Last year, I snapped up shares in TI Fluid Systems (LSE: TIFS). This business makes lots of components that sit inside electric vehicles (EVs), and so it’s well-placed to benefit from exploding demand for green autos. At current prices I’m tempted to increase my holdings too. In fact, I think TI Fluid Systems could be one of the best dirt-cheap stocks out there.
The parts producer has slumped in value recently due to the supply chain crisis that’s hampering global car production. But as someone who buys shares with a long-term view, I think this weakness represents an attractive dip-buying opportunity.
TI Fluid Systems trades on a price-to-earnings growth (PEG) ratio of just 0.2 for 2022. A reading below 1 suggests a stock could be undervalued, according to traditional investing theory.
TI Fluid Systems is a major parts supplier to the world’s biggest motor manufacturers. Its content is likely to be found in almost 100 key battery-powered vehicles coming to market between 2020 and 2028. And it continues to stack up major contracts with carbuilders to solidify its key role in the EV revolution. This is a UK stock I think is set to thrive in the next decade.
Having your cake…
Yellow Cake (LSE: YCA) is another ultra-cheap UK share I’m looking at. This business purchases uranium from mining companies and stores it before selling it on. I think it’s a great way to play the theme of growing global energy demand then.
Around 50 nuclear reactors are currently under construction across the world, according to the World Nuclear Association which, when completed, will take the total number close to 500.
Uranium production has been steadily falling in recent years. Indeed, output in the US recently hit its lowest since records began in the late 1940s. But production is tipped to rise over the next few years at least as market fundamentals improve (analysts at GlobalData think output will rise at a compound annual growth rate of 6.2% through to 2025).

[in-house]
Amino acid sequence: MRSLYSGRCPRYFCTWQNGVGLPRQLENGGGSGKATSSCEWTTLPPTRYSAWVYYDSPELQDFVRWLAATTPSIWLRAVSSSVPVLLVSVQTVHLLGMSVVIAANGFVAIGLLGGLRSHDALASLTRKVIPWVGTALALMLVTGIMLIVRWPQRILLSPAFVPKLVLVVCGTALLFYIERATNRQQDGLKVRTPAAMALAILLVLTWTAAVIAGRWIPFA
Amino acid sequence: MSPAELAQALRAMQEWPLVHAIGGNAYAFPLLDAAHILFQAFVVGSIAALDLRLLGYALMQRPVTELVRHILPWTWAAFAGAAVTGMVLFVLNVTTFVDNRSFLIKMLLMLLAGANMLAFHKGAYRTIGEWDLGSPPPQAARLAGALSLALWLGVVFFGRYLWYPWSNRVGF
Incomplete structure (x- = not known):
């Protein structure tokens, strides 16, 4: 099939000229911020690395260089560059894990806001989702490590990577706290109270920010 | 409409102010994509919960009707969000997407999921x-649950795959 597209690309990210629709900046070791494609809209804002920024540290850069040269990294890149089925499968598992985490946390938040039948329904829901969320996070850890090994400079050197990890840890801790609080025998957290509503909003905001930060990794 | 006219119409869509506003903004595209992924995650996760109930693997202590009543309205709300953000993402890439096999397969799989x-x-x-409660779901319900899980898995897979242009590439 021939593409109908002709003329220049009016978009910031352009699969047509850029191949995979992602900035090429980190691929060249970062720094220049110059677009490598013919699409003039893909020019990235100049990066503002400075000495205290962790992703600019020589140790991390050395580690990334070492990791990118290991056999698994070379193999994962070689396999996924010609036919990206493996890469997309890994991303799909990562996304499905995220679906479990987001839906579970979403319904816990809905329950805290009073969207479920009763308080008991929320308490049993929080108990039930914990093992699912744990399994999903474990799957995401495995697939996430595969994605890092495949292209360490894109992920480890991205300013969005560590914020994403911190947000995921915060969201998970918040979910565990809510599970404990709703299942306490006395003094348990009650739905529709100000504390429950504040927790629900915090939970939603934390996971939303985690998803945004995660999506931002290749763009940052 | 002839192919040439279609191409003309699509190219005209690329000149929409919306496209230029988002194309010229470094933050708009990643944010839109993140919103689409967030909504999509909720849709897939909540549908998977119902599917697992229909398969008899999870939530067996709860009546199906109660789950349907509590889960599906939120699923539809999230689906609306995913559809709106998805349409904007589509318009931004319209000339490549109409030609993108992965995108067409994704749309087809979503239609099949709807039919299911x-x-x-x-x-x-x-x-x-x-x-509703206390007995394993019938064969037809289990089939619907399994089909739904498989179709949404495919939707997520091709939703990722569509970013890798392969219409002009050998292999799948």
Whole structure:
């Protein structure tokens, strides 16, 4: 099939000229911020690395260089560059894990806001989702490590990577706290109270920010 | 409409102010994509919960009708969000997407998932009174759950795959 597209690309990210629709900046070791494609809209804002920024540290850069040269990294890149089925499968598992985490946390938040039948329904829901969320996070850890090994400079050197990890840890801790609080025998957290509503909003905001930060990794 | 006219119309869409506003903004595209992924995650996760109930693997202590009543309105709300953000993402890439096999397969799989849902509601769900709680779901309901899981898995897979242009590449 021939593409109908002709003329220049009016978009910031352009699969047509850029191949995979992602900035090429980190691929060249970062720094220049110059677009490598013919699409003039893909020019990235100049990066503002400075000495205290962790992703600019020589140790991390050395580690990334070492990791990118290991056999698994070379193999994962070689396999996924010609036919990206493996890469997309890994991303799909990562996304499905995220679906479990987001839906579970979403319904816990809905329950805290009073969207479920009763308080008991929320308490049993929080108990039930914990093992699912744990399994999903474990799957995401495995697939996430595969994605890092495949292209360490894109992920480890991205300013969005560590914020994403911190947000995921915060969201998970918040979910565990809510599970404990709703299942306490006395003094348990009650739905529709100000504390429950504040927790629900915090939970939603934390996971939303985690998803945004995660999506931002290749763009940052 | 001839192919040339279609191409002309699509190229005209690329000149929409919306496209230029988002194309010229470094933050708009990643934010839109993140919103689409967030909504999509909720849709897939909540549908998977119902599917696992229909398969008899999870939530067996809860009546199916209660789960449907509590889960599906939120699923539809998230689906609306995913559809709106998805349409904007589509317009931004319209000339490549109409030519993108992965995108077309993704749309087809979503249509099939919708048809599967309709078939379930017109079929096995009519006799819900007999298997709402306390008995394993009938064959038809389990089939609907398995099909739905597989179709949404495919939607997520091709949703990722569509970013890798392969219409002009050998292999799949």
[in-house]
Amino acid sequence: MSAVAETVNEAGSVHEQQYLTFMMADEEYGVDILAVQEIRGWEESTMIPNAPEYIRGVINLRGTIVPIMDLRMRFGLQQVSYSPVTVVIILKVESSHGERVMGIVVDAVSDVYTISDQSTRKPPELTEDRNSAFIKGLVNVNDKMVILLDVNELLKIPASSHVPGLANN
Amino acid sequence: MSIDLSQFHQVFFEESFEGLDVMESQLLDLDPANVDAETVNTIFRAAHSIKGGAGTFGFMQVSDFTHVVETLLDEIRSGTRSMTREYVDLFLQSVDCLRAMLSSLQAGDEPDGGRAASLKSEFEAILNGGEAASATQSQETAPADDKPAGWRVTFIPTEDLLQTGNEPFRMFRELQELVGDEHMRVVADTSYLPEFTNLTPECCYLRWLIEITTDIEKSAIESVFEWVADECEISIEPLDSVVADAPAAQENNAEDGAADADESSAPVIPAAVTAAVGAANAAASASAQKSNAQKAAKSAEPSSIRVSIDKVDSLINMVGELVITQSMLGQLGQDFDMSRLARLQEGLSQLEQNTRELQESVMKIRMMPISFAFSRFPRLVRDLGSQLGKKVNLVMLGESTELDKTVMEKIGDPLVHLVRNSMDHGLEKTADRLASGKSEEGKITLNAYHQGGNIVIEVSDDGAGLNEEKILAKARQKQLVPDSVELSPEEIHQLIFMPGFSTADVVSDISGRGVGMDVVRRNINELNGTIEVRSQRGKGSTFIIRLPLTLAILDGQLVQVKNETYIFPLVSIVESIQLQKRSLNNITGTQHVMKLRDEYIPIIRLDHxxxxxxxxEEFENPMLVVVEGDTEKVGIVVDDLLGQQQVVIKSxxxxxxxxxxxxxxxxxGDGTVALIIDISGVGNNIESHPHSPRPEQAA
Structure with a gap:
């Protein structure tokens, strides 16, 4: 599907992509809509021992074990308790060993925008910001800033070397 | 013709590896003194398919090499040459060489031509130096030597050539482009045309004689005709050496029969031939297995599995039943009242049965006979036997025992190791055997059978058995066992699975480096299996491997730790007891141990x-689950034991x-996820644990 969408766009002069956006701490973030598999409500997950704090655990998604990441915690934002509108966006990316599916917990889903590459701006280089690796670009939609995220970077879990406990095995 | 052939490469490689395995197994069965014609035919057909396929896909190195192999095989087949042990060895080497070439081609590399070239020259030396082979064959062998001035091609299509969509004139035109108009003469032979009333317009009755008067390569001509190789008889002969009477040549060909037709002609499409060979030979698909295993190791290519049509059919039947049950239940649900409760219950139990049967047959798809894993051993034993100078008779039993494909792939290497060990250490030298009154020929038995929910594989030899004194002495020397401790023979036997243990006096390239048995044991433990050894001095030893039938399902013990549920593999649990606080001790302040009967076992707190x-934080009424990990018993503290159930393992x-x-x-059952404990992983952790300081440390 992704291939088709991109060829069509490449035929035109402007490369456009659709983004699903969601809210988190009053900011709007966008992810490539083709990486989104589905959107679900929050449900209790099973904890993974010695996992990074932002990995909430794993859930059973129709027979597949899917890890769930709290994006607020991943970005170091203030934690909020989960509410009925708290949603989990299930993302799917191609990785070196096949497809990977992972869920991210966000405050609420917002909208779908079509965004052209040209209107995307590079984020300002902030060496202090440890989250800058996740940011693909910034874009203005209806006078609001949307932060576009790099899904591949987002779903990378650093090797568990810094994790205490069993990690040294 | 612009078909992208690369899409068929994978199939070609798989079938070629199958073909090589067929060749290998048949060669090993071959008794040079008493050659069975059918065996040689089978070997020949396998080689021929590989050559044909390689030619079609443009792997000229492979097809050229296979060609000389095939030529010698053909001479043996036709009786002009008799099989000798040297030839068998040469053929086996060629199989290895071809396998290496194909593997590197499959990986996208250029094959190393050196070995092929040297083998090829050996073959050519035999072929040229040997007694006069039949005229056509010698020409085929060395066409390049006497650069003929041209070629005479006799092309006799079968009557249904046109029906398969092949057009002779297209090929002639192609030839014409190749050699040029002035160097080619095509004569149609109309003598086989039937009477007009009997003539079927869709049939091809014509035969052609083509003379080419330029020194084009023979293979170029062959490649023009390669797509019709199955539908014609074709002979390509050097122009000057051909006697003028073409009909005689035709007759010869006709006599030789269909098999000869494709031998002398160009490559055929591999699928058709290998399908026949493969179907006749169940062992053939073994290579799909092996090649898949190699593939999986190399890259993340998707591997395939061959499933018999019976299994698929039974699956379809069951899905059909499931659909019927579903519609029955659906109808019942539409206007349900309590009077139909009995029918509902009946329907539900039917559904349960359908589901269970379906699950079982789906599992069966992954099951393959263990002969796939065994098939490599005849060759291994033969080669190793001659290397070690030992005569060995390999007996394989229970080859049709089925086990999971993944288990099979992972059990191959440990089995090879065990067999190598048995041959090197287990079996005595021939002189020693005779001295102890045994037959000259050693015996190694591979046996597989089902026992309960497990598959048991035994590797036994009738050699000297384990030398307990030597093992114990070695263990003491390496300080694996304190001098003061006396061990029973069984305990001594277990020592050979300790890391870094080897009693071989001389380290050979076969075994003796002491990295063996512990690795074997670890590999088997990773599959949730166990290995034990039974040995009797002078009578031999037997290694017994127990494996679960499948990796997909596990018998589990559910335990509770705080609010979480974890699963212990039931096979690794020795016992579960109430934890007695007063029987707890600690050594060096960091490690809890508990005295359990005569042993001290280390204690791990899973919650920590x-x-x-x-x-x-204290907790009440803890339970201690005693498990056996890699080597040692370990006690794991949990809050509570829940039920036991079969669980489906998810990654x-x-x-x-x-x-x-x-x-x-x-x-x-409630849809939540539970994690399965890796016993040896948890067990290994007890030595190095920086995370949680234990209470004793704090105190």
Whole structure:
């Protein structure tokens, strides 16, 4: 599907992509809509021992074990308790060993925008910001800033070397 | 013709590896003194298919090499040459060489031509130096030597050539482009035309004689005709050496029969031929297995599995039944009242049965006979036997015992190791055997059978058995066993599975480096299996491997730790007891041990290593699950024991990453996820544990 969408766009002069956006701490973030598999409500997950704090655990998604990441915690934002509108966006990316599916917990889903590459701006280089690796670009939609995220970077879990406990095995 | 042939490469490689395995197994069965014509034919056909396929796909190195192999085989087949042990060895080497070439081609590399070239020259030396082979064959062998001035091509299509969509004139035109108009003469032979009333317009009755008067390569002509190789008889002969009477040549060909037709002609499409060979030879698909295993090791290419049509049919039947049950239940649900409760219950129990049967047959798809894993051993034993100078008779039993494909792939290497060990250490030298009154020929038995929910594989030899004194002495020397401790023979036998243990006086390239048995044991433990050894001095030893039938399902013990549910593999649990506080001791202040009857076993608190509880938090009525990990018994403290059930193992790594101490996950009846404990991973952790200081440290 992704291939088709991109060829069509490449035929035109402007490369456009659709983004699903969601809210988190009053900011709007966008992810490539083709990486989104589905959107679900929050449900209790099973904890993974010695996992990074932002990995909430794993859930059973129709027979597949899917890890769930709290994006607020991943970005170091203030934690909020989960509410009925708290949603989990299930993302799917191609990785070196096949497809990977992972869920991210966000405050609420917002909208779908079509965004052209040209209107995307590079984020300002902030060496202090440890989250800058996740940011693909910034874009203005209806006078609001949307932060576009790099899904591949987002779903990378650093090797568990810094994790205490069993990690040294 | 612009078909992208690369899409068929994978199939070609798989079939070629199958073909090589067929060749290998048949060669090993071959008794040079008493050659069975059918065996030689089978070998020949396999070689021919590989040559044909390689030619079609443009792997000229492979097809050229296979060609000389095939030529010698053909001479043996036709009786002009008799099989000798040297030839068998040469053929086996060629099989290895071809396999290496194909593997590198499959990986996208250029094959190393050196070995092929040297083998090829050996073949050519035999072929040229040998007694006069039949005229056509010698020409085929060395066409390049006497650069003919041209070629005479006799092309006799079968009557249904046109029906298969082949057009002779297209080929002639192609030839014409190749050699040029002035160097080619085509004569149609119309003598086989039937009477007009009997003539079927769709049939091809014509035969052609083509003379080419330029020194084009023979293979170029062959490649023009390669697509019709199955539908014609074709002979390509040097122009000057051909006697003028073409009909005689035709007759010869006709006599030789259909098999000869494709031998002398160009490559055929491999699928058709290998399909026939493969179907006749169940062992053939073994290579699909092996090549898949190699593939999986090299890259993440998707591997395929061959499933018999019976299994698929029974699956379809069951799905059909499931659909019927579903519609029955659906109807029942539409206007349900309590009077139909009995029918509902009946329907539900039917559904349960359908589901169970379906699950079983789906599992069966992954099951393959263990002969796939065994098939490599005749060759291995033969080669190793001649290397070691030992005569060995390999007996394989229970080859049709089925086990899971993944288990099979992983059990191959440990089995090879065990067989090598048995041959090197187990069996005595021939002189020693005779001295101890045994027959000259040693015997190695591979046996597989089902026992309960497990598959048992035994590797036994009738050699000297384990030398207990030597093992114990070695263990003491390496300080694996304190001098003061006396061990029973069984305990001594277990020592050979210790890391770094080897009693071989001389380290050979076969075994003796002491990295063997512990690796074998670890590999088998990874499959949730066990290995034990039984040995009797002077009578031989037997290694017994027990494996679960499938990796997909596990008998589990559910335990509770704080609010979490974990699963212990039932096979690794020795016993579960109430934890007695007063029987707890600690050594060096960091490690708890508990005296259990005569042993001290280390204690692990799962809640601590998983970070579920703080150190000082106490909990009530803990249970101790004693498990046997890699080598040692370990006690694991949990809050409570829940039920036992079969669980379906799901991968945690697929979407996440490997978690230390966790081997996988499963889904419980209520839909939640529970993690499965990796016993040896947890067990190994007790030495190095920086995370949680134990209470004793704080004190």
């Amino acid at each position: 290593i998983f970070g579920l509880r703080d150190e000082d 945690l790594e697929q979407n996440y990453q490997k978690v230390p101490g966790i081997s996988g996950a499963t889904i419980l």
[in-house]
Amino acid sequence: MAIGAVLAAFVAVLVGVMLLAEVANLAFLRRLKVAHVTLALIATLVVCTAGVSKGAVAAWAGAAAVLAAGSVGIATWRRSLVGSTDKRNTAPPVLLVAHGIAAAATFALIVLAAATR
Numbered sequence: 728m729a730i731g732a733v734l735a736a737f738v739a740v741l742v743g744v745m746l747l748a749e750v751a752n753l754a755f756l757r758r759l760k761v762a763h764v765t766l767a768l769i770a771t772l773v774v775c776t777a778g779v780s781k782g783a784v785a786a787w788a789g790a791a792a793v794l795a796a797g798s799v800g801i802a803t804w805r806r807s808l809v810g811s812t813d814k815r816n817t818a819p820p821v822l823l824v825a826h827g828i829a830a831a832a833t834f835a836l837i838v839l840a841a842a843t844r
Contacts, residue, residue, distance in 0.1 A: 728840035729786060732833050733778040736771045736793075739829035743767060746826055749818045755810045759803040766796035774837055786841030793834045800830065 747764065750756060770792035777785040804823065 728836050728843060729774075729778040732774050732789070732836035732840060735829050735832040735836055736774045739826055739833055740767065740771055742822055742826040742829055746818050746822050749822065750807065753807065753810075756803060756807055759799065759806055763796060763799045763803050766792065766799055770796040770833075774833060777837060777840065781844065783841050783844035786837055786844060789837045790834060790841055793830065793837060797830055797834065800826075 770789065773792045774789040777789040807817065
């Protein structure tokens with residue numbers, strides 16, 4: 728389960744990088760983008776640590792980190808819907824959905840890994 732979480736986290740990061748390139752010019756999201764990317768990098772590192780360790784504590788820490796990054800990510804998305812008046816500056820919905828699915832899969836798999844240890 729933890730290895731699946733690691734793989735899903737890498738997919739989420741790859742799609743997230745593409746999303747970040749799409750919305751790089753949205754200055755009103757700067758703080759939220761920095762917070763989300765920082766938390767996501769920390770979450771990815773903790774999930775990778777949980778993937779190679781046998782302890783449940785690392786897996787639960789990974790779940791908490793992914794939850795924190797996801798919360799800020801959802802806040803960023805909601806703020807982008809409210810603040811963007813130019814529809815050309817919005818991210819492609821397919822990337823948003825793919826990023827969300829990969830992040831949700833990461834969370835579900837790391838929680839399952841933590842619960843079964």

This has the potential to weigh on prices of the commodity and, by extension, hit Yellow Cake’s profits. And especially if a raft of new mines are drawn up to come online to exploit the demand boom.
Another dirt-cheap UK share on my radar
At the moment though, there’s a wealth of information suggesting these supply increases will fail to keep pace with rises in demand through to 2035, at least. The switch from power plants that burn fossil fuels, along with the construction of new nuclear-powered ships and submarines across the globe, should all supercharge demand for the radioactive material.
At current prices Yellow Cake trades on a price-to-earnings (P/E) ratio of 2.7 times for fiscal 2022. I think this could make it too cheap to miss. And particularly when you consider that Yellow Cake allows me to play the uranium market without being exposed to the exploration, development and production risks which investors in pure uranium miners have to endure.